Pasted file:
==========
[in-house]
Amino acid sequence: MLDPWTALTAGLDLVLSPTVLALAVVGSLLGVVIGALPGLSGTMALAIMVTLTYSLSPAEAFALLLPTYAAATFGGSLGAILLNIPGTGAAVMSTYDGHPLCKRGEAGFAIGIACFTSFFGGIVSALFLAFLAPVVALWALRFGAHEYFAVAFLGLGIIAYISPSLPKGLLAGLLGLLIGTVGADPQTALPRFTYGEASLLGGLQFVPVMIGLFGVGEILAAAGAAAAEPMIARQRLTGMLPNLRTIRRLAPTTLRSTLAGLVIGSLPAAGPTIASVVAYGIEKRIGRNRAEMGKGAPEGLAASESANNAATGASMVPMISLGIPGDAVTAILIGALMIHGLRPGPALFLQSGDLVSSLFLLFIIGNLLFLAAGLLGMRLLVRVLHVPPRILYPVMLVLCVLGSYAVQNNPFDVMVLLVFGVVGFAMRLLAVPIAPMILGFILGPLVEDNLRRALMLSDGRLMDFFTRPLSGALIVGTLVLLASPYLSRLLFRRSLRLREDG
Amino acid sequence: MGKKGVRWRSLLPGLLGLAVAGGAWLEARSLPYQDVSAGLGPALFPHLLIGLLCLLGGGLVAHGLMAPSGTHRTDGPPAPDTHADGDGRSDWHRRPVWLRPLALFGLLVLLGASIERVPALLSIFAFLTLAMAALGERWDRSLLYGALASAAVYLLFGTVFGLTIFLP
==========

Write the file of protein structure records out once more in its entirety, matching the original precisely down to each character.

[in-house]
Amino acid sequence: MLDPWTALTAGLDLVLSPTVLALAVVGSLLGVVIGALPGLSGTMALAIMVTLTYSLSPAEAFALLLPTYAAATFGGSLGAILLNIPGTGAAVMSTYDGHPLCKRGEAGFAIGIACFTSFFGGIVSALFLAFLAPVVALWALRFGAHEYFAVAFLGLGIIAYISPSLPKGLLAGLLGLLIGTVGADPQTALPRFTYGEASLLGGLQFVPVMIGLFGVGEILAAAGAAAAEPMIARQRLTGMLPNLRTIRRLAPTTLRSTLAGLVIGSLPAAGPTIASVVAYGIEKRIGRNRAEMGKGAPEGLAASESANNAATGASMVPMISLGIPGDAVTAILIGALMIHGLRPGPALFLQSGDLVSSLFLLFIIGNLLFLAAGLLGMRLLVRVLHVPPRILYPVMLVLCVLGSYAVQNNPFDVMVLLVFGVVGFAMRLLAVPIAPMILGFILGPLVEDNLRRALMLSDGRLMDFFTRPLSGALIVGTLVLLASPYLSRLLFRRSLRLREDG
Amino acid sequence: MGKKGVRWRSLLPGLLGLAVAGGAWLEARSLPYQDVSAGLGPALFPHLLIGLLCLLGGGLVAHGLMAPSGTHRTDGPPAPDTHADGDGRSDWHRRPVWLRPLALFGLLVLLGASIERVPALLSIFAFLTLAMAALGERWDRSLLYGALASAAVYLLFGTVFGLTIFLP